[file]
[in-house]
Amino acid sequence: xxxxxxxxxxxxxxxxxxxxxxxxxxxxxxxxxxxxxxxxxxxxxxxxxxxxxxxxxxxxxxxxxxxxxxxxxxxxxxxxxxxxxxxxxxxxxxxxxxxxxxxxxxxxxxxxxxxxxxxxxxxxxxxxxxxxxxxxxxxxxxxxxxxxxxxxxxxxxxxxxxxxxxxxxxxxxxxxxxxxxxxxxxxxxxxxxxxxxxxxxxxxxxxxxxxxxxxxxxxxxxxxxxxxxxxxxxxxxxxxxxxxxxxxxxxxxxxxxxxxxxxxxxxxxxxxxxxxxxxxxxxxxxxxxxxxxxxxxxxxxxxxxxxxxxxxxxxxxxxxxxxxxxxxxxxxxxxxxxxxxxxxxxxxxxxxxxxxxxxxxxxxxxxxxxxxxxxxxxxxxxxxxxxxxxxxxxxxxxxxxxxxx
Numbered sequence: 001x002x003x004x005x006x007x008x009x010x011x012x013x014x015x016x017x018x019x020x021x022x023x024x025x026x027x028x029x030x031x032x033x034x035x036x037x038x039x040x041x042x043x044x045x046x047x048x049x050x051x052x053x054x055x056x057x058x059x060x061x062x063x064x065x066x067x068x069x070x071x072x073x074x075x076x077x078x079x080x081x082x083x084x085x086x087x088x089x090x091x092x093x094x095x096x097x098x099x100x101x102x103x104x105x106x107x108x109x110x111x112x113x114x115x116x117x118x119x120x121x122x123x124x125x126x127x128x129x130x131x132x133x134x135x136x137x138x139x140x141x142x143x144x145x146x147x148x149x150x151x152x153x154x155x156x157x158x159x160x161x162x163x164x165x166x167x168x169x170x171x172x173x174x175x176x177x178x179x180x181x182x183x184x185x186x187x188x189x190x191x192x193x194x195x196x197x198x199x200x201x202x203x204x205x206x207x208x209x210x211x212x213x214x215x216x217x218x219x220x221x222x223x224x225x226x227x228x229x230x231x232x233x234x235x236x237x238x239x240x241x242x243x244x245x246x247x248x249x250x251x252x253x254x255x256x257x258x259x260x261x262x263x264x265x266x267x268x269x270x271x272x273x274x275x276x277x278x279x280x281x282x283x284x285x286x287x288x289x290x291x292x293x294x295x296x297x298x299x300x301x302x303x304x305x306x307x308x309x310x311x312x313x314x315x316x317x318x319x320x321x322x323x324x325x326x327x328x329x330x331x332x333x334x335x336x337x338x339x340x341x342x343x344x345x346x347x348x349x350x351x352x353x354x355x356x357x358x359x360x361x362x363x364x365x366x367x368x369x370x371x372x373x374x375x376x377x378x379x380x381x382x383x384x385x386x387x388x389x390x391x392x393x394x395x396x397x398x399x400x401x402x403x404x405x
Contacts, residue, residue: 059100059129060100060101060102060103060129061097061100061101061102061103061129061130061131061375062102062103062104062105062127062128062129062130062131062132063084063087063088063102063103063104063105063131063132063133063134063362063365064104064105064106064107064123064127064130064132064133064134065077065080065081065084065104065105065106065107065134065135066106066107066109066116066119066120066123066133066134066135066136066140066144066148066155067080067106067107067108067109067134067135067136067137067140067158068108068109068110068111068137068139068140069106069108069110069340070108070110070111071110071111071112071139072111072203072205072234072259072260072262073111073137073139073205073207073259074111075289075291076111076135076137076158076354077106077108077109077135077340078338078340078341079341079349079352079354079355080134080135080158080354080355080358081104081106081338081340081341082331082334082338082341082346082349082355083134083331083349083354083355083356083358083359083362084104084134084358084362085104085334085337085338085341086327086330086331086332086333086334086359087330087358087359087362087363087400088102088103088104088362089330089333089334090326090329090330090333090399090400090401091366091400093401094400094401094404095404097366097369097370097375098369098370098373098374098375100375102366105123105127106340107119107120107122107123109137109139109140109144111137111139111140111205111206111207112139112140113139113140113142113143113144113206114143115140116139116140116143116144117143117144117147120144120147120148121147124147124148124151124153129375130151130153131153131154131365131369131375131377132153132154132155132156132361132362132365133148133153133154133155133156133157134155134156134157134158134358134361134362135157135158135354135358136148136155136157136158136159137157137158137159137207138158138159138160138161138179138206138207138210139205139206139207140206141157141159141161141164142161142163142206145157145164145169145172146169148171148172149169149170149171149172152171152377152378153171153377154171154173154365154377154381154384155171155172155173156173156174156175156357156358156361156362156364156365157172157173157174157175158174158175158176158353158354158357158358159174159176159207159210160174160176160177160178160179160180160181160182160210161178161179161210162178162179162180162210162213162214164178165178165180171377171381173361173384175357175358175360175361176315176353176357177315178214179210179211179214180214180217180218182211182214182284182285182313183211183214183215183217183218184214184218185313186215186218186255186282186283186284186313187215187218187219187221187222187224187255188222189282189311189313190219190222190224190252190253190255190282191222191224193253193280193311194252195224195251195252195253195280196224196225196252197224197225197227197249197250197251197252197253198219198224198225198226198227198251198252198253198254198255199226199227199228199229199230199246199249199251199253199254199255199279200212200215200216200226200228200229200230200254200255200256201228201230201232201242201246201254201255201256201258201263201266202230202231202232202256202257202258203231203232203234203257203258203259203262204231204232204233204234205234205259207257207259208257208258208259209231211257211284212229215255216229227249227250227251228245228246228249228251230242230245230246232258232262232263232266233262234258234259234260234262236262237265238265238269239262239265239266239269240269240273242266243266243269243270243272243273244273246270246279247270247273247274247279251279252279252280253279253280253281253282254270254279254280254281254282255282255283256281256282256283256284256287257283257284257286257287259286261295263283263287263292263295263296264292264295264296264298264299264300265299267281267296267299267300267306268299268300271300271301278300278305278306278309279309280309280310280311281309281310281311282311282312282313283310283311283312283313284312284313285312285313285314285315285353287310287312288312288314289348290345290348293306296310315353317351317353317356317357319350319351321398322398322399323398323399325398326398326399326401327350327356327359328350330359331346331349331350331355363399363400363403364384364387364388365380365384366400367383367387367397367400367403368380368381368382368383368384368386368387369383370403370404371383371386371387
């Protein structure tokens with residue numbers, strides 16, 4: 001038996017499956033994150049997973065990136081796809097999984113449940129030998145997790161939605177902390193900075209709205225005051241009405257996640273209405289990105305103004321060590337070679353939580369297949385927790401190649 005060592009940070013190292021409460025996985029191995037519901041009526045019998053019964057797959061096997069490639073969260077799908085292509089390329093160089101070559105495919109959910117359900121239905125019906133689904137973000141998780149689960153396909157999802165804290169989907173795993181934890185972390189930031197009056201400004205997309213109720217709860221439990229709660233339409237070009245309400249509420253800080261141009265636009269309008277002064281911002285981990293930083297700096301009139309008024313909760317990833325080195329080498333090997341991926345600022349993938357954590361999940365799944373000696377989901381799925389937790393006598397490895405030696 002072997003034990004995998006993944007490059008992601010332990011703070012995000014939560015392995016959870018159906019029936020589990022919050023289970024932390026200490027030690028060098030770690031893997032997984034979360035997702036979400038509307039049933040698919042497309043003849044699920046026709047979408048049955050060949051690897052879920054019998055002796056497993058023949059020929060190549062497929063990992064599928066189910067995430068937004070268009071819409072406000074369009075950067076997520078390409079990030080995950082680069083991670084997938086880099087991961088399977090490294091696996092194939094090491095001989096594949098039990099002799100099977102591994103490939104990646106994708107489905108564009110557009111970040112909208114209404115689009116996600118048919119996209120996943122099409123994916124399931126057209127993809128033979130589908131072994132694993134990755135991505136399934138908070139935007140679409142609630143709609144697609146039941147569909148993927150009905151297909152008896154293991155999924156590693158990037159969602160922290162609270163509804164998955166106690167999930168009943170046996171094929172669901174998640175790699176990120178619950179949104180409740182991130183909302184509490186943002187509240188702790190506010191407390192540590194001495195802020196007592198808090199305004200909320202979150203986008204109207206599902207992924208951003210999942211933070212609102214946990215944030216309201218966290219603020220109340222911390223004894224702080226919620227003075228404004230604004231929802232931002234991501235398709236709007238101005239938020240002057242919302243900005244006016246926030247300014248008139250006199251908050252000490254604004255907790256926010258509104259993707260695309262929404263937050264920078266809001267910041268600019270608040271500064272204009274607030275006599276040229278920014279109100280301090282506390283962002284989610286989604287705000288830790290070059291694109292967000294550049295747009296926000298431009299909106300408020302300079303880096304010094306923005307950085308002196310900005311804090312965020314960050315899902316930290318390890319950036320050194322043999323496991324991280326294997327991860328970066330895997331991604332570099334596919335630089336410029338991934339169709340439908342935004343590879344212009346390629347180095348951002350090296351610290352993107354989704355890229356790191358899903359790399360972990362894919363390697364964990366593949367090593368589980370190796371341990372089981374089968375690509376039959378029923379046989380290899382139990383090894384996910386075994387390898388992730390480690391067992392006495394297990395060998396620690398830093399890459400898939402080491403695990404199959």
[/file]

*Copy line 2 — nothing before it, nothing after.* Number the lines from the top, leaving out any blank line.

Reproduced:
Amino acid sequence: xxxxxxxxxxxxxxxxxxxxxxxxxxxxxxxxxxxxxxxxxxxxxxxxxxxxxxxxxxxxxxxxxxxxxxxxxxxxxxxxxxxxxxxxxxxxxxxxxxxxxxxxxxxxxxxxxxxxxxxxxxxxxxxxxxxxxxxxxxxxxxxxxxxxxxxxxxxxxxxxxxxxxxxxxxxxxxxxxxxxxxxxxxxxxxxxxxxxxxxxxxxxxxxxxxxxxxxxxxxxxxxxxxxxxxxxxxxxxxxxxxxxxxxxxxxxxxxxxxxxxxxxxxxxxxxxxxxxxxxxxxxxxxxxxxxxxxxxxxxxxxxxxxxxxxxxxxxxxxxxxxxxxxxxxxxxxxxxxxxxxxxxxxxxxxxxxxxxxxxxxxxxxxxxxxxxxxxxxxxxxxxxxxxxxxxxxxxxxxxxxxxxx